A small exhibition of 12 sculptures of war art is now on display at the Canadian War Museum, drawn from the museum’s extensive Beaverbrook Collection.
The sculptures are all approximately the same height, 70-75 cm tall. All but one are of World War I figures, and all were cast in bronze following the end of the war. The only one not cast is a study in plaster, painted a bronze colour. Three of the artworks are portraits.
Two of the portraits are by British sculptor Francis Derwent Wood (1871-1926), who was a medical officer in WWI. Among his many duties, one task called particularly for a sculptor’s hands: it was the artist’s grim duty to make thin metal masks for soldiers whose faces had been sorely disfigured in battle. The masks are not displayed, however. The portraits are of Wood’s post-war busts of two soldiers, who are identified by name, rank, and heroic deed.
The third portrait, “Drummer Boy,” bears nobody’s name. It is a full-figure study of a young boy, scared and proud, walking with his drum. It was sculpted by Canadian artist Lionel Fosbery (1879-1956). In WWI, drummer boys were often little more than 12 or 14, even as young as 10.
The remaining nine figure studies on display are by Frances Loring (1887-1968) and Florence Wyle (1881-1968). Their sculptures are of workers—Canadians toiling in the factories and fields in support of the war effort. The sculptors were commissioned to do this work in 1918 by Lord Beaverbrook’s Canadian War Records program. Their work was cast in bronze immediately after the end of the war.
All but two of the workers depicted by Loring and Wyle are female. Look again. None are portraits of individuals. All have been modelled from the same figure.
Each worker is shown as a single, standing figure, young, slender, graceful, virginal. The work garments of all seven female workers hang simply over their frames—each a figure with small breasts, narrow hips. The two male workers in the display are also slender, young, graceful, but with longer legs and arms.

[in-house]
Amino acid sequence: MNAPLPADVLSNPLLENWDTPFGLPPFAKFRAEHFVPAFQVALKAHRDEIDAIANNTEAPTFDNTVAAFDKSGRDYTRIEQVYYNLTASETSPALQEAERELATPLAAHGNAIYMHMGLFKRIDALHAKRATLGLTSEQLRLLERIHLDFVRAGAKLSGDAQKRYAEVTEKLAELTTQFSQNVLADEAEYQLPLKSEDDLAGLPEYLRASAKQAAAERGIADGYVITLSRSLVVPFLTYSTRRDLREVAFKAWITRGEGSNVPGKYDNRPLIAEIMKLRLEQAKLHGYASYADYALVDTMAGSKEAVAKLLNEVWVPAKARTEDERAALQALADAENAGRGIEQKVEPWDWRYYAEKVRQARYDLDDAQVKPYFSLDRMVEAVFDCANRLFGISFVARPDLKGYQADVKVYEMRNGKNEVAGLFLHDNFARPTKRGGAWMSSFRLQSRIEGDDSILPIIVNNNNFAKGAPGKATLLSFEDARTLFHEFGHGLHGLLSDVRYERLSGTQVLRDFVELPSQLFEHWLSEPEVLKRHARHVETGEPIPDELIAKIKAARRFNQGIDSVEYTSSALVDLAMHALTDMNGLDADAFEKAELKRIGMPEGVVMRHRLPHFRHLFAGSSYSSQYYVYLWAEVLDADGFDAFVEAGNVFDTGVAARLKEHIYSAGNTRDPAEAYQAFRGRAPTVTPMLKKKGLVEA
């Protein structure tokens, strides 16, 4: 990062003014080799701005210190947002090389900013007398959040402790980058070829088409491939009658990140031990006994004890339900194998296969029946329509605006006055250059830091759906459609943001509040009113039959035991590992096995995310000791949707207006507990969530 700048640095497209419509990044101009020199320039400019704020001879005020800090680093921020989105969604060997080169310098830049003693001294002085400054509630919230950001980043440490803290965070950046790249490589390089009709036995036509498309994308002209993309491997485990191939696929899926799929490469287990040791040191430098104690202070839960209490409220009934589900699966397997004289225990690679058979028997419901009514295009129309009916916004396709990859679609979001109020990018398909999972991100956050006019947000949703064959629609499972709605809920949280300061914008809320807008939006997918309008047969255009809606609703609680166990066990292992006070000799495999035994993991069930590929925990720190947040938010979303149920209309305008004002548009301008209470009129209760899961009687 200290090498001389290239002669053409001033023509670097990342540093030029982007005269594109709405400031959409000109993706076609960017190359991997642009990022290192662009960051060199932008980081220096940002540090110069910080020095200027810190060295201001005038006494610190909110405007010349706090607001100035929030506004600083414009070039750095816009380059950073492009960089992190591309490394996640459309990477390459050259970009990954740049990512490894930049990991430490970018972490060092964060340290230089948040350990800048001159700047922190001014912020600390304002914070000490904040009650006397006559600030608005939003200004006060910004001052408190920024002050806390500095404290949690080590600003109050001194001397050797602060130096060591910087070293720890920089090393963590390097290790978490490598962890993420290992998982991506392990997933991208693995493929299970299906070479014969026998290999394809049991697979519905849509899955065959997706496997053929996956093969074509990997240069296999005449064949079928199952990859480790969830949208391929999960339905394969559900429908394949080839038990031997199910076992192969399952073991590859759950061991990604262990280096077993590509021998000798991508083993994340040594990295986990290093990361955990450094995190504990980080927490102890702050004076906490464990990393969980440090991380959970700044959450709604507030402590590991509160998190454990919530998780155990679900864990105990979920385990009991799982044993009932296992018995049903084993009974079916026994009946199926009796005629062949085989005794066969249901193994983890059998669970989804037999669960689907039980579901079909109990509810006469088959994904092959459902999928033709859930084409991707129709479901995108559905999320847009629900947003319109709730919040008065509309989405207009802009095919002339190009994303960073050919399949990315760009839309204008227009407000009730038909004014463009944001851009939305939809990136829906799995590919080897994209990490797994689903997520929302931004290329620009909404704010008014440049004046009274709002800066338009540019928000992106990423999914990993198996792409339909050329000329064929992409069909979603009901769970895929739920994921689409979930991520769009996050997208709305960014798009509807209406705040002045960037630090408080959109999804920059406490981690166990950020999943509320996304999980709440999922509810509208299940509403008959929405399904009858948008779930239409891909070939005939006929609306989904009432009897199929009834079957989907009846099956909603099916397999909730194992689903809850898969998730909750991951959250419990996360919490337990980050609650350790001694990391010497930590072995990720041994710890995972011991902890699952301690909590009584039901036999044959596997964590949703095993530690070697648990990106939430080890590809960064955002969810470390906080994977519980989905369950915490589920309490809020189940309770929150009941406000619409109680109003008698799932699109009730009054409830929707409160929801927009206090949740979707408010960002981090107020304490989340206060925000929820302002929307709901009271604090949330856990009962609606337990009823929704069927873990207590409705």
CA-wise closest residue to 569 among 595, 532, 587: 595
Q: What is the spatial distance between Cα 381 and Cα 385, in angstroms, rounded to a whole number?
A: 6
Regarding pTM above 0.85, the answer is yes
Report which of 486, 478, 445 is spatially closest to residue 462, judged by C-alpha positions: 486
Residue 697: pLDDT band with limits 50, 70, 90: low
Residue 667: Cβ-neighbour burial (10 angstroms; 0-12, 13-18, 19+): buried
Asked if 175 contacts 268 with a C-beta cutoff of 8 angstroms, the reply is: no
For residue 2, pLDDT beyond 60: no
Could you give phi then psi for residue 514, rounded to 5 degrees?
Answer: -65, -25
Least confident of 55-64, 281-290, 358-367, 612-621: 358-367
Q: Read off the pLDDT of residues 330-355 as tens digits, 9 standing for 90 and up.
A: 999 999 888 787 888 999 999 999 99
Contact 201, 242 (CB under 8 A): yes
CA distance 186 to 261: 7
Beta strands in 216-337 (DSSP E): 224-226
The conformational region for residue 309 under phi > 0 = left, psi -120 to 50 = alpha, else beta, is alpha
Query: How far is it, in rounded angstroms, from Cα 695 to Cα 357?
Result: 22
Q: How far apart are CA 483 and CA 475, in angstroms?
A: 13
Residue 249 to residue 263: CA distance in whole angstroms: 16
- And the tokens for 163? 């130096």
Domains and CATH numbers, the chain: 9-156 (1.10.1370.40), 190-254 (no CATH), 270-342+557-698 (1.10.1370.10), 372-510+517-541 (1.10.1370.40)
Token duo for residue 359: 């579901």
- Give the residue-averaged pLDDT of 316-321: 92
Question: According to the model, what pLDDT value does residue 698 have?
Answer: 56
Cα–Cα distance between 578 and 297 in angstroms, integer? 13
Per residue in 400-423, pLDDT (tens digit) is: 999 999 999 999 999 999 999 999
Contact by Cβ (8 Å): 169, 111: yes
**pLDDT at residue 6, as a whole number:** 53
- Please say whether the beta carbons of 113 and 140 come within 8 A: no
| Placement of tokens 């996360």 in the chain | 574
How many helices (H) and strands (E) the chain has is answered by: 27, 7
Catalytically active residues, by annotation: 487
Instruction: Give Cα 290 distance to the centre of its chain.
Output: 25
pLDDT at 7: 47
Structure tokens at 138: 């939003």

Wyle’s “Noon Hour,” for example, shows a young, slim woman drinking from a big jug. No time to sit down and rest. “Munitions Worker” by Wyle is a female figure carrying something heavy in her hands. Loring’s “The Shell Finisher” similarly depicts a young, slender woman in flowing trousers, carrying shells on her narrow shoulders. “The Furnace Girl,” also by Loring, leans far into the flame to keep the fires blazing hot.
There is a classical precedent for such figures, particularly the female workers as presented by Loring and Wyle.
In ancient Rome, a group of young girls, carefully chosen, tended the sacred flame of Vesta, guardian of the hearth fire. All virgins, they were called the “Vestal Virgins.” In art they were depicted carrying sacred vessels and implements in procession. All were the same—beautiful, perfect. As long as the fire flamed brightly, and as long as they remained virgins, the people of Rome, a city at war, believed their nation safe from conquest.
Both Wyle and Loring had a solid background in the ideas and forms of classical Greek and Roman art. Their work well shows the influence of their neo-classical art school training.
Born in the United States, the two met at the Art Institute of Chicago as students in 1906. They immigrated to Canada in 1913, settling in Toronto. Their friends and neighbours called them “the girls.” They were founding members of the Sculptors’ Society of Canada, and friends with many of the Group of Seven. Both women died in Newmarket, Ontario, a few weeks apart in 1968.
Although each sculpture displayed in “Ordinary People in Extraordinary Times” bears its artist’s name, little information concerning any of the artists is provided. None today is well-known. On the other hand, the work speaks for itself perfectly.
Maureen Korp, PhD is an independent scholar, curator, and writer who lives in Ottawa. Author of many publications, she has lectured in Asia, Europe, and North America on the histories of art and religions. Email: firstname.lastname@example.org